"caring for cats"
Dental issues in cats is sadly a commonly overlooked complaint in cats, despite the estimate that around 85% of cats over 3 years old have some form of dental disease. Unfortunately cats are incredibly good at masking pain and discomfort, so problems are often not detected until they have worsened severely. Many of these diseases can be slowed or even stopped if identified and correctly managed at an early stage.
A healthy adult cat should have 30 teeth, which have evolved for hunting and killing small prey with their canine teeth, and then “chopping” the prey into chunks which can be swallowed whole. Modern diets (both wet and dry) have reduced the need for these functions, which means that cats missing teeth can cope very well.
Oral pain symptoms can be vague and, as we said, cats are very good at masking the symptoms. Some cats will carry on eating and playing and not showing any signs, even though they could have a very unpleasant mouth.
Other cats will show a reluctance to eat hard biscuits, or will preferentially eat on one side of the mouth. Sometimes you will notice your cat dropping food. A cat struggling to eat will lose weight and body condition.
Other signs of oral pain can include a change in the ability to groom, resulting in an unkempt or matted coat. You may also see excessive dribbling or notice an abnormal smell.
Any time your cat is showing you something new or unusual, it would be recommended that you take them to a vet, just to check that they aren’t suffering.
Gingivitis is one of the most common issues seen in cat’s mouths, and is a reactive process where the gums get red and inflamed due to contact with plaque bacteria sitting on the teeth. Gingivitis is reversible if you can remove the plaque bacteria and keep the teeth clean.
If gingivitis is left to worsen, the inflammation can track down to the bone and periodontal ligaments which keep the teeth in place, causing them to be eroded. This process is called periodontal disease, and 15% of cats in the UK are diagnosed with it annually. This is an irreversible condition which can be painful and result in teeth needing to be extracted.
If your cats gums look red, then they should have a full assessment by your vet, which may include cleaning the teeth and taking x-rays to assess the extend of the problem. The below images were from the same cat, showing the redness of the gums, but the x-ray showing significant bone loss. Sadly this cat needed all 3 of these premolars extracting, which massively improved it’s quality of life.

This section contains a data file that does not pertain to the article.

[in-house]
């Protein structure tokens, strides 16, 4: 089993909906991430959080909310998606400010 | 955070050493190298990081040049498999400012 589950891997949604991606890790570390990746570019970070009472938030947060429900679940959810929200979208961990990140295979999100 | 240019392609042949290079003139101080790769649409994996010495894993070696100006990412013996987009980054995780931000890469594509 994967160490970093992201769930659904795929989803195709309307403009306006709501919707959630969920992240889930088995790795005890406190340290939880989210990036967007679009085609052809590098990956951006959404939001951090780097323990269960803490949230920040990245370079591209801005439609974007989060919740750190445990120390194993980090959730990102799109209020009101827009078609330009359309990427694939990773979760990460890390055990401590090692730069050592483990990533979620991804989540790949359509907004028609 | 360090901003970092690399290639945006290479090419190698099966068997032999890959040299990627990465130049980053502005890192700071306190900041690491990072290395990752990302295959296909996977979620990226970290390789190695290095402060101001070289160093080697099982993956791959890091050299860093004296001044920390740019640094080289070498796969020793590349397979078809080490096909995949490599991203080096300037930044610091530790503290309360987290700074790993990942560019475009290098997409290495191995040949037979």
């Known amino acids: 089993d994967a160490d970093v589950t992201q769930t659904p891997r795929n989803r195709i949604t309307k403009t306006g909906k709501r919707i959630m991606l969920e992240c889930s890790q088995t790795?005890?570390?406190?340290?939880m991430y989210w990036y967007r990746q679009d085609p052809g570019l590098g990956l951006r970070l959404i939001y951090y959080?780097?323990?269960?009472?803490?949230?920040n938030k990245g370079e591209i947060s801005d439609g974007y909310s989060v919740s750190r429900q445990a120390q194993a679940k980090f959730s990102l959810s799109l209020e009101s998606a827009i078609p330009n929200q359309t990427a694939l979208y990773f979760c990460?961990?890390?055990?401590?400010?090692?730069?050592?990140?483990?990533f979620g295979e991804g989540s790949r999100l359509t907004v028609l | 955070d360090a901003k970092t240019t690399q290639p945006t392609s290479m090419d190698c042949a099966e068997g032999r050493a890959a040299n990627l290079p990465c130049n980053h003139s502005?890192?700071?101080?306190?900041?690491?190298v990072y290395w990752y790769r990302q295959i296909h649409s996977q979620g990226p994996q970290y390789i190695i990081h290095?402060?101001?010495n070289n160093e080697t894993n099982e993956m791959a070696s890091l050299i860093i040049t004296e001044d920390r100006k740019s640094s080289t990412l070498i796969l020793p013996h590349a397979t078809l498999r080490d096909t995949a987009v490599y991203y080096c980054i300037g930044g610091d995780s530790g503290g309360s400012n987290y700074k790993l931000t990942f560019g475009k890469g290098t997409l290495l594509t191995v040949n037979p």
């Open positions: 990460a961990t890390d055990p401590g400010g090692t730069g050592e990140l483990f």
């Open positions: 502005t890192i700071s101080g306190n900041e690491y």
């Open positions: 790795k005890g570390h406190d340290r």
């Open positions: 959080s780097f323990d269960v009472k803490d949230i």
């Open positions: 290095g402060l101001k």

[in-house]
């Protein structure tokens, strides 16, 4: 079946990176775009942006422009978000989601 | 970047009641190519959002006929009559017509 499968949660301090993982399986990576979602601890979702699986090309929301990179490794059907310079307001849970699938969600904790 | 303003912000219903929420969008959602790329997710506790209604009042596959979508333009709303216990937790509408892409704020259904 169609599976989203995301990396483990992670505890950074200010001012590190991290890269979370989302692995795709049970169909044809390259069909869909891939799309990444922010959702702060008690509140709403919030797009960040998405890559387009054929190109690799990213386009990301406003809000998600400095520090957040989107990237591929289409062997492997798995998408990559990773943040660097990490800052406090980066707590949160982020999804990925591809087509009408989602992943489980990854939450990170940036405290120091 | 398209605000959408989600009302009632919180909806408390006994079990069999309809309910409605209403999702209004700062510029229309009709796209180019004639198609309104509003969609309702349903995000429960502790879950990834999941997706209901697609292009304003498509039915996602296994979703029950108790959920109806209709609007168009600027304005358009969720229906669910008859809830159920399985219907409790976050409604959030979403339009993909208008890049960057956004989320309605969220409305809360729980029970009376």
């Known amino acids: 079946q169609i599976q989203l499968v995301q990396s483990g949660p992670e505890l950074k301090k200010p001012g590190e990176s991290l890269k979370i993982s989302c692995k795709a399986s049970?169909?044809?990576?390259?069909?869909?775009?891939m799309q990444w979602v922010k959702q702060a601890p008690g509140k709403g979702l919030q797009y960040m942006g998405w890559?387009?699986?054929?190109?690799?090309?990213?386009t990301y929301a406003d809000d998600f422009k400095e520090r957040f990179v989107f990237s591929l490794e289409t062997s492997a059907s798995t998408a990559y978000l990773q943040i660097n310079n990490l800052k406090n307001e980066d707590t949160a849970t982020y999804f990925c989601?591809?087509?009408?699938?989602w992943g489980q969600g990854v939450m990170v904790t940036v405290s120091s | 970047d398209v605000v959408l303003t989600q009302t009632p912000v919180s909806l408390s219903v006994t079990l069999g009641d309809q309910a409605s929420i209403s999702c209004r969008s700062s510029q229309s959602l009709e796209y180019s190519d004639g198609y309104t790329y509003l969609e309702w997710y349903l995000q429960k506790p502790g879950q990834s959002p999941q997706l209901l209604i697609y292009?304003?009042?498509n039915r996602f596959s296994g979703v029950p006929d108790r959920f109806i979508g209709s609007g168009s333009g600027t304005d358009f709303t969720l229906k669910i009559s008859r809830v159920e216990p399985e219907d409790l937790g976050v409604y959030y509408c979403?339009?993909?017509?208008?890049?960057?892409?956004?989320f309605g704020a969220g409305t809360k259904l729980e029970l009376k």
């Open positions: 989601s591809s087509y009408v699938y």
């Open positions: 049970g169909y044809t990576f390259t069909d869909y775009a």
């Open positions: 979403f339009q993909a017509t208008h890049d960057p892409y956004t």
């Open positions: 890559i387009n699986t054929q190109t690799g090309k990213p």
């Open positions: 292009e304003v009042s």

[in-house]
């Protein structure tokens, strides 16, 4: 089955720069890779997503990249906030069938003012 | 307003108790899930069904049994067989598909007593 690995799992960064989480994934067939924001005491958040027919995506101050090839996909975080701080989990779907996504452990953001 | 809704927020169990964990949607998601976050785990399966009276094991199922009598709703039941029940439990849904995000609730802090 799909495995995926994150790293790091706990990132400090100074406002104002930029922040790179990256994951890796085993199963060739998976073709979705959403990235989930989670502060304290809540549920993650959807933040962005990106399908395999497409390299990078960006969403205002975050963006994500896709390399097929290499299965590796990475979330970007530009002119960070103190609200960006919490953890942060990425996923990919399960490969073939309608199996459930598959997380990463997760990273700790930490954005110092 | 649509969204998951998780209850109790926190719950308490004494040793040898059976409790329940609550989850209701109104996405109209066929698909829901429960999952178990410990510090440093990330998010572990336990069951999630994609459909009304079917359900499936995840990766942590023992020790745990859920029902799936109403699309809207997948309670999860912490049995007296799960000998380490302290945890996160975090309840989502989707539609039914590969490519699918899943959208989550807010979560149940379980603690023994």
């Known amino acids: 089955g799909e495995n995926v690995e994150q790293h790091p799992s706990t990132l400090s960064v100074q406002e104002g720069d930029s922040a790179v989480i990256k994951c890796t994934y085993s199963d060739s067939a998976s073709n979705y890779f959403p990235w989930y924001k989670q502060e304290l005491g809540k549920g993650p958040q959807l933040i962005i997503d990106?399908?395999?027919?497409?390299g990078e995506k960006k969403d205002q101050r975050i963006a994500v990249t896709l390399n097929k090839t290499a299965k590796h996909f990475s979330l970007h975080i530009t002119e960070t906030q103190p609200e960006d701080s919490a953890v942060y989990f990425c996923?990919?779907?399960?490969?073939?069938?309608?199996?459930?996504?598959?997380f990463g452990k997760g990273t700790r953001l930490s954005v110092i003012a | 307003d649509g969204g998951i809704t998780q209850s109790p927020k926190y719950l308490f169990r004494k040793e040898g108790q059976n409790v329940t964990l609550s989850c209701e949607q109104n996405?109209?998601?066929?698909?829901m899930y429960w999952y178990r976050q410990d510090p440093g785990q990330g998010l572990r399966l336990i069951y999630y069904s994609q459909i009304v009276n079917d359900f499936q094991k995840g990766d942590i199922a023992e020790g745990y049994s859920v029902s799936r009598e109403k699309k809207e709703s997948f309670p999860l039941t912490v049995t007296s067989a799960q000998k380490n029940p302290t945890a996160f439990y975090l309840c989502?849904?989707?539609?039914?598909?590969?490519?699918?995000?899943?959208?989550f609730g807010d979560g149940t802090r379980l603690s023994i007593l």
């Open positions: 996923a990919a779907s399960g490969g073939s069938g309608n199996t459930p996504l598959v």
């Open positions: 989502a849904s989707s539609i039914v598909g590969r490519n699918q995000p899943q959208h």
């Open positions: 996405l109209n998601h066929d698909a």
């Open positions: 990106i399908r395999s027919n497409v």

Tooth resorption is a process by which the dentin (a hard tissue that lies beneath the enamel of the tooth) in a tooth erodes and eventually becomes irreparably destroyed. Over time, all areas of an affected tooth may become involved.
It is a painful condition. Even if your cat is still bright and eating well, they could be hurting.
We still do not know a definitive reason why some cats develop resorption and others don’t. In one study, 53% of cats had an obvious tooth resorption lesion, and almost 50% of the time where no obvious lesion was noted clinically, X-rays revealed one. The Xray below shows the destruction of the crown and roots due to resorption.
There are 2 types of resorption in cats, which can be differentiated by your vet taking dental radiographs. The treatment is removing the affected tooth.
Sadly it is not uncommon for cats to fracture their canines, usually due to trauma such as a car accident, fighting other cats or misjudging a jump.
The damage to the tooth exposes the pulp cavity inside the tooth, which contains the blood vessels and nerves. This is acutely painful but can mean that as the pulp dies off then bacteria can travel through the broken tooth into the bone of the jaw, resulting in tooth root abscesses.
Depending on the state of the tooth, treatment options can include surgical extraction to remove the damaged tooth, or root canal therapy to try and save the bulk of the tooth and the function.
Gingivostomatitis is a chronic, debilitating inflammatory disorder that affects the gingiva (gums) and other areas of the mouth. This is an intensely painful condition, and the causes of it are not yet fully understood.
It is thought to affect under 1% of cats but can be really unpleasant for them.
It is best diagnosed by your vet taking a biopsy.
Treatment options can include pain relief and medication to suppress the immune system, but it is not uncommon for a cat to need major surgery to extract the majority of their teeth. While this sounds drastic, it makes a massive difference to the cat’s well-being and quality of life.
At the end of the day, there are many more diseases and conditions in cats’ mouths which can cause pain, discomfort or negatively affect their quality of life. Your cat cannot tell you when something isn’t right, and it is up to us, as owners, to recognise when they aren’t happy.
If something doesn’t seem right with your cat, the best thing to do would be to have your vet take a look. They may choose, with your agreement, to have a further look under anaesthetic and take some x-rays to help assess the problems and to help you make an informed decision as to how to help your feline companion.
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